Re: Fat references

Robert A Duff <>
Wed, 30 Dec 2009 12:24:53 -0500

          From comp.compilers

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From: Robert A Duff <>
Newsgroups: comp.compilers
Date: Wed, 30 Dec 2009 12:24:53 -0500
Organization: The World Public Access UNIX, Brookline, MA
References: 09-12-045
Keywords: storage, GC
Posted-Date: 30 Dec 2009 12:29:10 EST

Jon Harrop <> writes:

> I've been working on a project called HLVM in my spare time:
> One goal was to have fast interop with C, so I didn't want to copy the
> traditional style of placing a header with GC metadata before every value
> in the heap because that would require C arrays to be copied just to add
> this header. I couldn't be bothered to allocate a separate header so,
> instead, I pulled the GC metadata into the reference. So my references are
> now "fat": a quadword of pointer to run-time type, array length or union
> type tag, pointer to mark state and pointer to the actual data itself.
> This actually works rather well except I sacrificed atomic read/write of
> references. Has it been done before?

GNAT (the gcc Ada compiler) uses fat pointers by default to represent
pointers to unconstrained arrays. (Unconstrained means different
objects of a given array type can have different lengths.) The fat
pointer consists of the address of the bounds and the address of the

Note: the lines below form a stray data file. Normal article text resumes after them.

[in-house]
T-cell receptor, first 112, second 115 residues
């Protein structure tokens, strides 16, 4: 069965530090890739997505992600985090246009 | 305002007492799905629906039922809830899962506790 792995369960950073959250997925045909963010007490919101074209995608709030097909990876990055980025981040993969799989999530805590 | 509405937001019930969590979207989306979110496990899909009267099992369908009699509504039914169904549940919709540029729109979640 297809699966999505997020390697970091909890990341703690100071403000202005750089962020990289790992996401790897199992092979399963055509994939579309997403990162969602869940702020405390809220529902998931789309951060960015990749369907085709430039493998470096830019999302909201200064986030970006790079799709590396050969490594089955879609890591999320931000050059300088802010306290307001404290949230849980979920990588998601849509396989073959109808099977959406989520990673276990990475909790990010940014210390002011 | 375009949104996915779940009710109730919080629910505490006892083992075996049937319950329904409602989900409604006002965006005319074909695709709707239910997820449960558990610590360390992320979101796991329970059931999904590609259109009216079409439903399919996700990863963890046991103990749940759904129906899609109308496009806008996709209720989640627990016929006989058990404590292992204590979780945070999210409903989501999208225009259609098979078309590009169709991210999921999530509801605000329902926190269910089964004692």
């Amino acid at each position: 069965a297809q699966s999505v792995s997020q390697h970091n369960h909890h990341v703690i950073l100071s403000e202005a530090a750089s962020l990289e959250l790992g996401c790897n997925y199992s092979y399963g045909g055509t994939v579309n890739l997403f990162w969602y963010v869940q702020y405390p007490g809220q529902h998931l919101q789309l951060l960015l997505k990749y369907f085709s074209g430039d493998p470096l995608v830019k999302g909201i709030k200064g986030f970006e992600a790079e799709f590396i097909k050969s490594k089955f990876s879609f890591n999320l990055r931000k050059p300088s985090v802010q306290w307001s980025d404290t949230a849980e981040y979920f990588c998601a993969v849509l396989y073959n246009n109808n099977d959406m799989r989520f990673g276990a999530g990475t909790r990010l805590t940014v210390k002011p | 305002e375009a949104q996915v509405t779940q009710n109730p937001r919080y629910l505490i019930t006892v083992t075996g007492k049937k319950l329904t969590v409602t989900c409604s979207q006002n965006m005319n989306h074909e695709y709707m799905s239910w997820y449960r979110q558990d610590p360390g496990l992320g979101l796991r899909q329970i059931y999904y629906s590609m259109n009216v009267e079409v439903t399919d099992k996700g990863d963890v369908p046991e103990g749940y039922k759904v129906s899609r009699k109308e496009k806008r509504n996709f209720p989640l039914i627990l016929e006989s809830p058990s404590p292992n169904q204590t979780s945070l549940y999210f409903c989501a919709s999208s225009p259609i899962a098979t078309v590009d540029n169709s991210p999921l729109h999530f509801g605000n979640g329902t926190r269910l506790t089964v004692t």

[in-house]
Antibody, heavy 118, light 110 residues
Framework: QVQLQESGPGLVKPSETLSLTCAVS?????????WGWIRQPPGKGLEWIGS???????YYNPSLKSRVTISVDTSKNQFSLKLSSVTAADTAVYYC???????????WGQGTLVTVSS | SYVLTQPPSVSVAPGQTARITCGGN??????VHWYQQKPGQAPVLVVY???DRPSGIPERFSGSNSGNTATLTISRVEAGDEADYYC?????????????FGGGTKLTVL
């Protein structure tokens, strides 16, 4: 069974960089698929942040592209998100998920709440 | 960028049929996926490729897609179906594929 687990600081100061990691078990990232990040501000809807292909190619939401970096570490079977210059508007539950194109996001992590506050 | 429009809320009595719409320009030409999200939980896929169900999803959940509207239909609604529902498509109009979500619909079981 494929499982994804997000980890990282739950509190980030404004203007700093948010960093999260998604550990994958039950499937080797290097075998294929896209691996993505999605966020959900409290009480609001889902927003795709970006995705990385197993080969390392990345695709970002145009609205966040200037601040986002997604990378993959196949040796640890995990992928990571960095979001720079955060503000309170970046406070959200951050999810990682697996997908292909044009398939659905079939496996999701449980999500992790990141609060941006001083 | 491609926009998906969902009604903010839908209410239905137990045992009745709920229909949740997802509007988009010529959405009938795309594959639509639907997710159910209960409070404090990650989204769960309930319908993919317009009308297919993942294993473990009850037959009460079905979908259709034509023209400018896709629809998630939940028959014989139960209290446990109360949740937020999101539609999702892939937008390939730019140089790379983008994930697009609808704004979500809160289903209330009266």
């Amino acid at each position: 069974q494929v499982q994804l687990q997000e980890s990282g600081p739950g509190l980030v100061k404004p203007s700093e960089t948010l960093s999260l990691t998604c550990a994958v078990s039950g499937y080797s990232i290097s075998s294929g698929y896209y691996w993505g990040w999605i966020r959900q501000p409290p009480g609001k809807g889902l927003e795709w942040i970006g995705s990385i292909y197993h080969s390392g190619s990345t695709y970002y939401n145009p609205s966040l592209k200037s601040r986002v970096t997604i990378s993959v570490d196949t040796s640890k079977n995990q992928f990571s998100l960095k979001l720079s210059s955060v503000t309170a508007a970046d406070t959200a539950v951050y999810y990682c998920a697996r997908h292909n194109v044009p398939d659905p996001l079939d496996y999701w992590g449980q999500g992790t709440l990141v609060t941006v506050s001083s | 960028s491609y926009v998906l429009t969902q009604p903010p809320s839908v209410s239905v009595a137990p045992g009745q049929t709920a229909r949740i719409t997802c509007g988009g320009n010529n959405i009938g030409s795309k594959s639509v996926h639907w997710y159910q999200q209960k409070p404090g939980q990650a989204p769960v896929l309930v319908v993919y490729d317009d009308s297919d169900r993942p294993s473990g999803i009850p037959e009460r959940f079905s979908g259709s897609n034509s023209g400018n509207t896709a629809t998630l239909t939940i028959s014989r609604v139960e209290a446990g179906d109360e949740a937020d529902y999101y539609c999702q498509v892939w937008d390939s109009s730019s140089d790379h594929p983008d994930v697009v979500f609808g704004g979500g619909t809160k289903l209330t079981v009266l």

One advantage is that it can use zero-origin indexing. That is, if
the bounds of the array are 10..20, the data address points to the
0'th array component, even though that component doesn't exist. So
indexing doesn't need to subtract off the lower bound.

The purpose of these fat pointers has nothing to do with GC, though.
GNAT does not currently support GC, except for the versions targeting
.NET and the JVM.

The user can also request thin pointers, which are the address of the
data, with the bounds stored just before the data. The zero-origin
trick won't work in this case.

I don't fully understand the problem you're trying to solve, nor how
fat pointers are the solution. Are you saying all pointers are fat (4
words per pointer!?)? Or just pointers to arrays? Under what
circumstances are you worried about an extra copy? If the array is
allocated on the C side, you have to concoct the meta data somehow...

Why not just say that arrays allocated on the C side are not
subject to GC?

By the way, if you're interested in GC, you should join the
GC list, which our esteemed moderator set up some years ago.

- Bob

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